Our own proprietary leading economic index for China, which combines multiple economic data, shows some momentum over the past 6 months. However, activity remains below historical trend (a “z-score of zero indicates on trend growth). You can see how this has mostly been the case since 2012, in sharp contrast to the mid-2000s. A big reason why we’ve been underweight China for a decade now and remain so. But now there are more risks too.

What Are China’s Options?

From a fundamental perspective, things have gotten worse for China over the last decade. This is partly a recognition that things can’t continue the way they have

  • With high debt spurring property investment, and the economy as a result
  • The US being hostile to China is a game-changer as well

 

At this point, China must do some combination of the following:

  • Accept lower growth (perhaps around 4%), but that brings higher unemployment. They have done a bit of this, which is why the GDP “target” is only 5%. GDP growth was running around a 6.5% annual pace before the pandemic.
  • Juice growth by taking on more debt. But Chinese authorities seem reluctant to go down this road again.
  • Export their way out of trouble. By keeping the currency week, and subsidizing industry (especially high-tech), both of which boost the manufacturing industry.

Recent data suggests they’re doing quite a lot of the third option I listed above. Brad Setser, an economist at the Council of Foreign Relations, shows how Chinese manufactured goods exports have surged since 2020, whereas imports haven’t increased anywhere to the same degree. A lot of this actually related to the Electric Vehicle (EV) industry, where Chinese exports have ballooned – mostly to Europe and other parts of the world, rather than the US. Of course, this also means manufacturers in these countries lose out.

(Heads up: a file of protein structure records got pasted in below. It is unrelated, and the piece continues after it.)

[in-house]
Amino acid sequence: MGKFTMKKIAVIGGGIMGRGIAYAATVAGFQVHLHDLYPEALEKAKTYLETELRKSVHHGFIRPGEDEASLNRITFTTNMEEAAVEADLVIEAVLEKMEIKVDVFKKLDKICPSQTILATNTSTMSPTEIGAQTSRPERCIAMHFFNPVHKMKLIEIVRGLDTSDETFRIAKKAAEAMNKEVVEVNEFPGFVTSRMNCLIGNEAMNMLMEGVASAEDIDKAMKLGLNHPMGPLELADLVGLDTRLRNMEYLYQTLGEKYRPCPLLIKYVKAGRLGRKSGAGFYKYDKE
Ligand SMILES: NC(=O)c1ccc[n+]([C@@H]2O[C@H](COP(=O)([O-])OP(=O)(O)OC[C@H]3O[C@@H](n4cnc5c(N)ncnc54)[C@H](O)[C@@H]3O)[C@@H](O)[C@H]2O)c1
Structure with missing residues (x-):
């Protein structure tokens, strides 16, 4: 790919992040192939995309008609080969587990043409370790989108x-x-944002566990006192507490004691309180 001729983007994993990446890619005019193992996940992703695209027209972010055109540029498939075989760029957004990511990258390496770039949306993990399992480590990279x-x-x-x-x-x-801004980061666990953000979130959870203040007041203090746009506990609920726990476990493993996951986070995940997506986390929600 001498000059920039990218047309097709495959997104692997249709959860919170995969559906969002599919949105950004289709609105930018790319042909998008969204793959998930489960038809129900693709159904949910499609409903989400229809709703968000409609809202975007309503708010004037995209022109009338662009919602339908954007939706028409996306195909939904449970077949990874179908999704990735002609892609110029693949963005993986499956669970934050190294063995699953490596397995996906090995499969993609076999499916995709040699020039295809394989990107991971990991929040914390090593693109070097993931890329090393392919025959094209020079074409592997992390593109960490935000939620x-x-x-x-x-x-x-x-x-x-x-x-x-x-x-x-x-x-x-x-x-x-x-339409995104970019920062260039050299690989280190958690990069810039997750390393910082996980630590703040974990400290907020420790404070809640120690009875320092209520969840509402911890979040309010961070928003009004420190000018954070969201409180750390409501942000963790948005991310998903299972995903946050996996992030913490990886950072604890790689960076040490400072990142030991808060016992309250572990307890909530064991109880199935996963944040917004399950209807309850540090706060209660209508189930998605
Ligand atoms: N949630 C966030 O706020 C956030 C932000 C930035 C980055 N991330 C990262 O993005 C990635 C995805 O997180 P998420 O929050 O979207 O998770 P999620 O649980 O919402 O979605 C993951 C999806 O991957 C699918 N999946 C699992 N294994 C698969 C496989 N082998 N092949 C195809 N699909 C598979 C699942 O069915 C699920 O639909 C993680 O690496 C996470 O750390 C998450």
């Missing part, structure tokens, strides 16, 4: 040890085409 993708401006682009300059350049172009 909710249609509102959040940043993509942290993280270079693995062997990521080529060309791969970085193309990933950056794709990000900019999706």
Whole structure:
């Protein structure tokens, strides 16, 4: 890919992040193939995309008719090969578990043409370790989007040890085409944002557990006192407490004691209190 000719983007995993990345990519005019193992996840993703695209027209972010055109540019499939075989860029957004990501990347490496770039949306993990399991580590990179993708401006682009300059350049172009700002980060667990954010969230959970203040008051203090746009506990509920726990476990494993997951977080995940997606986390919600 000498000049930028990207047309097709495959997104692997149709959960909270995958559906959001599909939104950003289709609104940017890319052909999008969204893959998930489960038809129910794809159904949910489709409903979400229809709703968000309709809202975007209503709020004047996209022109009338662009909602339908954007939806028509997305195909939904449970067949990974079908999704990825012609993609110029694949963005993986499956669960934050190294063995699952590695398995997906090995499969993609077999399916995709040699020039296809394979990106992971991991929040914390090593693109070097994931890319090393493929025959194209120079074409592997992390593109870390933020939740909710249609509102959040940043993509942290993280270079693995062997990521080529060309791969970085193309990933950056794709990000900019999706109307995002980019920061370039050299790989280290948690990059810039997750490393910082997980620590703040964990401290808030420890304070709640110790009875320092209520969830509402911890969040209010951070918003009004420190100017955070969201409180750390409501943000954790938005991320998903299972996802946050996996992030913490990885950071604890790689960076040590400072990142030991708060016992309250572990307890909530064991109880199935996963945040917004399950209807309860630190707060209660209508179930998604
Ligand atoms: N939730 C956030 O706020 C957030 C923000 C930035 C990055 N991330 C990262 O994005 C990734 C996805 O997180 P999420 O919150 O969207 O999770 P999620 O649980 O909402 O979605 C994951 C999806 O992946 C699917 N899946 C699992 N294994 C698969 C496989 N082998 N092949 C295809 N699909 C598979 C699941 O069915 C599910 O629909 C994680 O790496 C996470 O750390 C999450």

But … The US is no Longer Playing Ball

US policy prior to 2016 was that “free trade is a good thing” (low inflation was a side benefit of this). Never mind the fact that China never played by the rules, i.e. they heavily subsidized their own industries, which meant companies in the West lost out. The attitude changed after President Trump was elected in 2016, who implemented tariffs on Chinese goods (and others). Interestingly, these policies were continued by President Biden and his administration, who ratcheted it up a notch. The bipartisan consensus on China resulted in the infrastructure and CHIPS Act, which along with the Inflation Reduction Act (IRA), started giving significant subsidies via grants and tax credits to US domestic. Similar to what China’s done (and continues to do).

In fact, the Biden administration just announced a slew of significant tariffs on China’s electric vehicle (EV) and parts industry. The tariff on Chinese EVs were quadrupled (from 25% to 100%). But this wasn’t just about EVs, since the US barely imports any Chinese EVs now. It’s about the entire ecosystem of EVs, including batteries and critical minerals. These are areas in which China is a powerhouse exported, controlling over 80% of large parts of the EV battery supply chain – note that some tariffs are slated to take effect only in 2026, to minimize supply-chain disruptions. This is to ensure that the US doesn’t lose to a rapidly growing Chinese EV manufacturing industry (though China has a big head start already).

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Here’s the big picture: the US is starting to play the same game China’s played for a long time now. But that also means China’s options to boost the economy become even more limited. Which is why we’re still pessimistic about China’s growth prospects over the medium- and long-term. In our view, the fact that the US is looking to boost domestic industry also provides more opportunity in the US. Hence our overweight to stocks, and especially US stocks.

 

 

For more content by Sonu Varghese, VP, Global Macro Strategist click here.